World News

Compiled by Stephanie Meyer


The World Health Organization (WHO) released a report that stated that measles cases more than tripled in Europe last year. According to the report, in 2017, more than 21,000 people contracted the virus. This followed a record low documentation of cases in 2016. Europe has struggled in the past to control the virus. One of the worst instances up until last year was in 2013, when there were more than 10,000 cases documented. The majority of the documented cases were unvaccinated. Scientists report that in order to control the measles virus, 95 percent of the population must be vaccinated or immune. Vaccine critics worldwide are helping drop vaccine rates. Vaccination rates fell from 90 percent in 2010 to 85 percent in 2015. The WHO regional director for Europe reminds us that people, children and adults who don’t get vaccinated “remain at risk of catching the disease and spreading it to others who may not be able to get vaccinated.” (NBC)


On Tuesday, Feb. 20, a Malaysian artist, Fahmi Reza, was jailed for creating a clown caricature of the Malaysian prime minister, Najib Razak. Reza’s caricature went viral during protests against Prime Minister Razak in 2016. Prime Minister Razak is accused of stealing and misusing billions of dollars from a state-owned development fund. The Malaysian government has blocked several media outlets for carrying negative stories and pictures of Prime Minister Razak and has arrested a political cartoonist for insulting Prime Minister Razak and his wife. Reza was sentenced to a month in prison and a $7,700 fine. (BBC)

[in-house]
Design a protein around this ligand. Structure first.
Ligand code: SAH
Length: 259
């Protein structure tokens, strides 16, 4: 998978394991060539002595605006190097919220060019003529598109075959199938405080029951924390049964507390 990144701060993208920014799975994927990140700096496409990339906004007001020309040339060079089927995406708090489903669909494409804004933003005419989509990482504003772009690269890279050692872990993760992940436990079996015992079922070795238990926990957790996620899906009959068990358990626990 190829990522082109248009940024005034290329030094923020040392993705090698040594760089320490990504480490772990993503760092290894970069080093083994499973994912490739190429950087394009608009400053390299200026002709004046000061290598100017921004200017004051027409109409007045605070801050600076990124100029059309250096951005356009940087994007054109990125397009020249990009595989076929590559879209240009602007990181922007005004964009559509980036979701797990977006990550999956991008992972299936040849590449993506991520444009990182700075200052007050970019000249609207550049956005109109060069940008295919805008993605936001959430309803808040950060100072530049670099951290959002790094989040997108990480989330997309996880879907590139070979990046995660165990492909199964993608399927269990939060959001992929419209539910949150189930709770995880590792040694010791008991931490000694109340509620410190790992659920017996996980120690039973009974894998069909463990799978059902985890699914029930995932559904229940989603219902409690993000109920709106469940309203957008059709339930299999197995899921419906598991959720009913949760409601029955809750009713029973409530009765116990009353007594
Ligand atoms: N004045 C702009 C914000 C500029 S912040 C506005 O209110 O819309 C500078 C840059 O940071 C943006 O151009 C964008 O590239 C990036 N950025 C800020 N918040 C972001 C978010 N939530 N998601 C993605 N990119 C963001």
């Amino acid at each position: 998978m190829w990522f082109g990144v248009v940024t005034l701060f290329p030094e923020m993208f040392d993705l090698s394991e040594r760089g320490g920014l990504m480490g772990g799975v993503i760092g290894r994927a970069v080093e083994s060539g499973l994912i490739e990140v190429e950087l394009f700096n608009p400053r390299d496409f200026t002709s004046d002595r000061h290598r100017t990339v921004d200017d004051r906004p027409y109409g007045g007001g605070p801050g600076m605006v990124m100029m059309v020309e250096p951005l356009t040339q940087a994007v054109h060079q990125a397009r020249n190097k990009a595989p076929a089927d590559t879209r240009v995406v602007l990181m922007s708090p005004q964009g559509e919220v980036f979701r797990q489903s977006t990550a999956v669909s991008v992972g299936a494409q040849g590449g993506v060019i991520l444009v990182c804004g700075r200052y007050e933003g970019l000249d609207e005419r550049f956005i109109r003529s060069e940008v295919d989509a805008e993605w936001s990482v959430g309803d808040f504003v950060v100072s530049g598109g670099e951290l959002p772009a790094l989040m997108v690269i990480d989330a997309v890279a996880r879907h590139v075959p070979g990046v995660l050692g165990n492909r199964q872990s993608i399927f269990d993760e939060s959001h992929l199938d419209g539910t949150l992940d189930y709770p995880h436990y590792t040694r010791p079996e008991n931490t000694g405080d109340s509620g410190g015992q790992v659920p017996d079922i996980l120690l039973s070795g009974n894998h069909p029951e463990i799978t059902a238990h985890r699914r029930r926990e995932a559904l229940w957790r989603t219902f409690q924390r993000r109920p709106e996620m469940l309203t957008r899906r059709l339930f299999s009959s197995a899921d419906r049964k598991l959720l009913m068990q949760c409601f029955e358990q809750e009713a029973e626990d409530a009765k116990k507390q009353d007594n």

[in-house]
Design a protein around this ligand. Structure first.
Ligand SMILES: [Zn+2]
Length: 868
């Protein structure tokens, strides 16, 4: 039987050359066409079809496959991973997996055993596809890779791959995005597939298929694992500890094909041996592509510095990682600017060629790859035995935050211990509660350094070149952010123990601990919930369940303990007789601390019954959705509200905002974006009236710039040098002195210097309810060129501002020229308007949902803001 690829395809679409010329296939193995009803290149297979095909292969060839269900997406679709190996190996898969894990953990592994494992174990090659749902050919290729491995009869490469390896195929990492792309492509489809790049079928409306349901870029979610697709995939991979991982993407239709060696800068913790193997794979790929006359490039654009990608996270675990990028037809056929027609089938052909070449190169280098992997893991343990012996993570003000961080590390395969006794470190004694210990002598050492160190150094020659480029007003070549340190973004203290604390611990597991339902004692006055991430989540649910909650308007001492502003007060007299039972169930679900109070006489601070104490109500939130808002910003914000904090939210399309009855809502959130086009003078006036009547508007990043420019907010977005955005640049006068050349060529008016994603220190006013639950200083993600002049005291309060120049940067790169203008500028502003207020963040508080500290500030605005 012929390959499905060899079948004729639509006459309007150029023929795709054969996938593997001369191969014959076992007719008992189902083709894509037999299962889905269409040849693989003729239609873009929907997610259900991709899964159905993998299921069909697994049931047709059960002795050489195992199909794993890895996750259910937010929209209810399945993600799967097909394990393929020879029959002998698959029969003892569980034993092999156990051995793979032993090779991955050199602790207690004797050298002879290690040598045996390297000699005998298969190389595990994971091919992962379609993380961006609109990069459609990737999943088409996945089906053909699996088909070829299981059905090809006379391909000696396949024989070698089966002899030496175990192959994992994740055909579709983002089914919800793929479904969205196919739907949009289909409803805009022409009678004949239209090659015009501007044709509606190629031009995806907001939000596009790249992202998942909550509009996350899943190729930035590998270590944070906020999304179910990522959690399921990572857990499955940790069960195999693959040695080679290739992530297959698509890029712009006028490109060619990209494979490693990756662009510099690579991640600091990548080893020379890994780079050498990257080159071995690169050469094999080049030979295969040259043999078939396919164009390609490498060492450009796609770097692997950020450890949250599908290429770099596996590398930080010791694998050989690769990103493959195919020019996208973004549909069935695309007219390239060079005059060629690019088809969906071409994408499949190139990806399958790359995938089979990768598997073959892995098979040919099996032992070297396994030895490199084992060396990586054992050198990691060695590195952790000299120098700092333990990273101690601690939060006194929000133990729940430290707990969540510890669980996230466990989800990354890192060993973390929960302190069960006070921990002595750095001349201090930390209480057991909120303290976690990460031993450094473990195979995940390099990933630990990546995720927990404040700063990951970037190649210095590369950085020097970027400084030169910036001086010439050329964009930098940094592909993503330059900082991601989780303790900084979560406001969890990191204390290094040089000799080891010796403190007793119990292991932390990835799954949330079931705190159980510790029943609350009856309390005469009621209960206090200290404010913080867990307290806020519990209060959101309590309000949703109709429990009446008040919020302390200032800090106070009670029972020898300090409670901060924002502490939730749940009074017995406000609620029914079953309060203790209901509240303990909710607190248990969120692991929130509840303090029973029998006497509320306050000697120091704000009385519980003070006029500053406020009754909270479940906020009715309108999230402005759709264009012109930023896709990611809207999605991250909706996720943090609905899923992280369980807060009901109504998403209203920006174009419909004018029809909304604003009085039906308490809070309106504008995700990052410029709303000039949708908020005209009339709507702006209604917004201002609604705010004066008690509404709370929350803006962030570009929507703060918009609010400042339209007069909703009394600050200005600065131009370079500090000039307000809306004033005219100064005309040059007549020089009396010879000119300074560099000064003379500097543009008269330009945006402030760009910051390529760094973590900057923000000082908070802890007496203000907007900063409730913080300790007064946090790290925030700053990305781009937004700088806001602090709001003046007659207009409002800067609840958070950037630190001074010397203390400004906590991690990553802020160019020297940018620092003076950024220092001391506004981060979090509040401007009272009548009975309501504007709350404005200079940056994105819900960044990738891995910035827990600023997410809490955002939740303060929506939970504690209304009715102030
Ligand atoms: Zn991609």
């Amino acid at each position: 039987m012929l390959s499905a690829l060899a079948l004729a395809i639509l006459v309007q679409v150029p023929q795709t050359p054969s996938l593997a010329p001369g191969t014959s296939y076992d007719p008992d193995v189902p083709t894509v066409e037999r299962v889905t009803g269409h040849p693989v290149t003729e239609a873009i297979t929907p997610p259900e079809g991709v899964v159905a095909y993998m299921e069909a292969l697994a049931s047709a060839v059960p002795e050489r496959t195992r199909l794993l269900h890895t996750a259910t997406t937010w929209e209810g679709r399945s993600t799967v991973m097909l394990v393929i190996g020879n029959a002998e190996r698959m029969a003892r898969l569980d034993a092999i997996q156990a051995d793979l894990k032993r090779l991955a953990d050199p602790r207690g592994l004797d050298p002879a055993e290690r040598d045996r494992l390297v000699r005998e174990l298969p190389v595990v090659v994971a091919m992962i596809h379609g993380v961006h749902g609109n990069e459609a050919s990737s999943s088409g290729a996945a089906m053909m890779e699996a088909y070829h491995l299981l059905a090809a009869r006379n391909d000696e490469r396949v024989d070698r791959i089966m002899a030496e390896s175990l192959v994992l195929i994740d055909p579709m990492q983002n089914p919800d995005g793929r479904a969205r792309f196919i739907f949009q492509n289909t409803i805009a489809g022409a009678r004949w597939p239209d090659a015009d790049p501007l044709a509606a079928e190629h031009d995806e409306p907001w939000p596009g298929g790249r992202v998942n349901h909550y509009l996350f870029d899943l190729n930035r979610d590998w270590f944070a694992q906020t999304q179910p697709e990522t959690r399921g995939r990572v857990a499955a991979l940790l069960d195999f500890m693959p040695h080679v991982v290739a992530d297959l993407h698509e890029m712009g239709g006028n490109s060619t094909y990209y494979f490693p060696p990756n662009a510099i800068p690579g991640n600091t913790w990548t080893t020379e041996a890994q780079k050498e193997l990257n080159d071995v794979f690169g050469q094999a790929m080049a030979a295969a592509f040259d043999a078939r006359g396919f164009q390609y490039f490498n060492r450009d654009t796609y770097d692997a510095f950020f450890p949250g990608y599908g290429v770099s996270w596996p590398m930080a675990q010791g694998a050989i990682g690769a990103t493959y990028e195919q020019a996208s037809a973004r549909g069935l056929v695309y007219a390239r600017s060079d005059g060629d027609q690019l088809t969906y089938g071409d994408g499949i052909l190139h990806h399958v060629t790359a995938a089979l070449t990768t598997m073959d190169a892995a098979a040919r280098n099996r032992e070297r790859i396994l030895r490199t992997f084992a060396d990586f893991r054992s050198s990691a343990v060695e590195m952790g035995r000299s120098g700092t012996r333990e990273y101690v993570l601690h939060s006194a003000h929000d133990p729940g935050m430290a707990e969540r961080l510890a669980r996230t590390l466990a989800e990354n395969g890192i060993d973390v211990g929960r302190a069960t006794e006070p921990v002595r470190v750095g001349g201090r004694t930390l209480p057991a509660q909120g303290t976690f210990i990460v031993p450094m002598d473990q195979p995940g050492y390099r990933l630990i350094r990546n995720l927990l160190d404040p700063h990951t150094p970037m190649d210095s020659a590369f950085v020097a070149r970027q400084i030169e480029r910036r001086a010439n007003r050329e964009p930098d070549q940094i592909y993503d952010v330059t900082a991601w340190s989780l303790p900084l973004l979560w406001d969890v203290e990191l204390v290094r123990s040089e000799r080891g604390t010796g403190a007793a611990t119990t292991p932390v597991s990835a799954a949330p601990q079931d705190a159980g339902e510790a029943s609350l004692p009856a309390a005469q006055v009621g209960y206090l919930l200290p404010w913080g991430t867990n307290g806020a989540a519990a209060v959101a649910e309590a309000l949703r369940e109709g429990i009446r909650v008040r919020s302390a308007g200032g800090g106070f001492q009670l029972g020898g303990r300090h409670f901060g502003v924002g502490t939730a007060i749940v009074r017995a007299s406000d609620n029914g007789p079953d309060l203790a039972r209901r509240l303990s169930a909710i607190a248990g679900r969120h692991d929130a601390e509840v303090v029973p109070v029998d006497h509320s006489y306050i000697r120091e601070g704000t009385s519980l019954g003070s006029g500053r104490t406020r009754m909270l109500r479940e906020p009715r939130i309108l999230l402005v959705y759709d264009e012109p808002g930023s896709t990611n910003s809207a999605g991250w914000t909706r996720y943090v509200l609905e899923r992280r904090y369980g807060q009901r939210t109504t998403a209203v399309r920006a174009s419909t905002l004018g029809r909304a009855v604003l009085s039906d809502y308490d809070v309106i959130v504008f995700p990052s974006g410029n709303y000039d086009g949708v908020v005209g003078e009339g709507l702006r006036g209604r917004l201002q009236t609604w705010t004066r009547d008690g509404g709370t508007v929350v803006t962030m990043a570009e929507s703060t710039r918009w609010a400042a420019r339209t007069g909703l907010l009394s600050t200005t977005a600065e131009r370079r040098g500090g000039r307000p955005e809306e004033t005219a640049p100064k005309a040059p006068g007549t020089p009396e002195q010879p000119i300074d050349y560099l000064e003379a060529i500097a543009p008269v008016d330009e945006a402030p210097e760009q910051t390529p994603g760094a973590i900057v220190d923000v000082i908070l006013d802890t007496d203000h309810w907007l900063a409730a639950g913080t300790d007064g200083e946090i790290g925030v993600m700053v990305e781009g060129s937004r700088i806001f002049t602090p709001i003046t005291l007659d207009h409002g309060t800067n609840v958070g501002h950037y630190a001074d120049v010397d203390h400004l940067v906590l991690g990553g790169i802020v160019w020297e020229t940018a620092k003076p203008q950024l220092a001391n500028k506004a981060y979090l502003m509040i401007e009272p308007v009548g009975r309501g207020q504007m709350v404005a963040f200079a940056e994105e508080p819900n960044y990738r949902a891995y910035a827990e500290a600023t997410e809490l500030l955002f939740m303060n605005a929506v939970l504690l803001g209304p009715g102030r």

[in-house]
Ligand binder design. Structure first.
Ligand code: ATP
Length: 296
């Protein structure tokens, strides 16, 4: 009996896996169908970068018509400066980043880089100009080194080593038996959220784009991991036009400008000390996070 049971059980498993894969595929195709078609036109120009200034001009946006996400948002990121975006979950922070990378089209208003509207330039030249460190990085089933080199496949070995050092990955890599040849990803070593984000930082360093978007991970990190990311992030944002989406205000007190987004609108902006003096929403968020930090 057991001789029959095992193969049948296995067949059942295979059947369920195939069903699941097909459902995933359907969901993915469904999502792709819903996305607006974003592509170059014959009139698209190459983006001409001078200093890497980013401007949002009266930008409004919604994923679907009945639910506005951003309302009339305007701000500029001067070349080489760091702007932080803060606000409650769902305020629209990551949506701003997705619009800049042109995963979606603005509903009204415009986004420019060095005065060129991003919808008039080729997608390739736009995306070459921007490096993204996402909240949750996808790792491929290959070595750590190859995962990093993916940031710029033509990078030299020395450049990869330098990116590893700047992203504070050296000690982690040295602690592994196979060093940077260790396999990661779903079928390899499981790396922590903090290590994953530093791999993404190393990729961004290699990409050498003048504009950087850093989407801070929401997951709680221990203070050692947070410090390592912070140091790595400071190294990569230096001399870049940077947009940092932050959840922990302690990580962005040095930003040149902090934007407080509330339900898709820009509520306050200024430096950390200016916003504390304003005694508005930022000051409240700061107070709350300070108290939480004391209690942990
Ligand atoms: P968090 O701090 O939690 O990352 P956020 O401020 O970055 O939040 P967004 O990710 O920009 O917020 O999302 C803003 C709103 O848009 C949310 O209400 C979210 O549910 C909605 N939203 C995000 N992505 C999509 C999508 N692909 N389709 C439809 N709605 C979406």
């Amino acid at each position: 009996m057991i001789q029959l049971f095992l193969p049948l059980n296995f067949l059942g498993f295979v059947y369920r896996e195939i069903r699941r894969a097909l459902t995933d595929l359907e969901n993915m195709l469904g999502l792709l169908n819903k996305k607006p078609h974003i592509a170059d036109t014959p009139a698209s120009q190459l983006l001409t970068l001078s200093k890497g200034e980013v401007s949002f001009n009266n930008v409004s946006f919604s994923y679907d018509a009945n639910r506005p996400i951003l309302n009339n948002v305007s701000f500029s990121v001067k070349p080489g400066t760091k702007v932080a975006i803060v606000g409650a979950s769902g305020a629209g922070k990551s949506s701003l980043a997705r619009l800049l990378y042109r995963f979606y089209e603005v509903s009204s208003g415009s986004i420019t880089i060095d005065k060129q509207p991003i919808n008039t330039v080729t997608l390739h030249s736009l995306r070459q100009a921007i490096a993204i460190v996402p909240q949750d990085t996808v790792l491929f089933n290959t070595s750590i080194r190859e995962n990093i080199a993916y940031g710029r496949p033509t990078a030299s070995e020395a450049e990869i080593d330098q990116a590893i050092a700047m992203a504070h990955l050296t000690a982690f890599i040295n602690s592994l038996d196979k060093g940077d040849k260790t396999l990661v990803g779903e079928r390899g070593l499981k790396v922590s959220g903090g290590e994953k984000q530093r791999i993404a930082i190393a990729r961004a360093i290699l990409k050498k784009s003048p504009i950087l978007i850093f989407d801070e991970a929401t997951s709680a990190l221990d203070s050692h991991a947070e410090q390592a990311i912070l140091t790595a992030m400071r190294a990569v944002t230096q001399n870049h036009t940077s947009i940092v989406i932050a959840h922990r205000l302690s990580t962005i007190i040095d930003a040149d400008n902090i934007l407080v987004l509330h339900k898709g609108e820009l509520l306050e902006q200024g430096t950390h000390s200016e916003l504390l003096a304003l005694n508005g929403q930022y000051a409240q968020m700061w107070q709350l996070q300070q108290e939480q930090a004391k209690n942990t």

On Sunday, Feb. 18, Poland’s embassy in Tel Aviv was graffitied with swastikas. The swastikas were drawn on the notice board outside the embassy and on the entrance gate to the embassy. This came a day after the Polish Prime Minister, Mateusz Morawiecki asserted that Jews were perpetrators in the Holocaust and weeks after the Poland passed a controversial bill that makes it illegal to accuse Poland of playing a role in the crimes committed by Nazis. Prime Minister Morawiecki’s comments and the newly passed bill has caused tension between the two countries, with Israel accusing Poland of trying to rewrite history. (CNN)


On Tuesday, Feb. 20, Venezuela launched a cryptocurrency in an effort to save its failing economy, which has endured hyperinflation and devaluation for years. Currently, Venezuela is $150 billion in debt. Critics say that the cryptocurrency is an attempt to sidestep economic sanctions imposed by the US government last year. The cryptocurrency is called “Petro,” and each token is backed by a barrel of Venezuelan crude oil. Each Petro is worth $60, which is based on the price of a barrel of Venezuelan crude oil in January. Users will be able to set up a virtual wallet to hold and organize the cryptocurrency. (BBC)

United Kingdom

On Saturday, Feb. 17, Brendan Cox, the husband of British Member of Parliament Jo Cox, who was murdered in 2016, stepped down from the charities he set up in her name after being confronted with sexual assault allegations that were published in The Mail on Sunday. Brendan Cox was accused of assaulting a colleague in July 2015 and a woman at Harvard in October 2015. Cox denied the allegations of sexual assault at Harvard but did “acknowledge and understand that during my time at Save the Children I made mistakes and behaved in a way that caused some women hurt and offense.” Jo Cox’s sister, Kim Leadbeater, will stay on and continue the work of the charities that Brendan Cox founded. (CNN)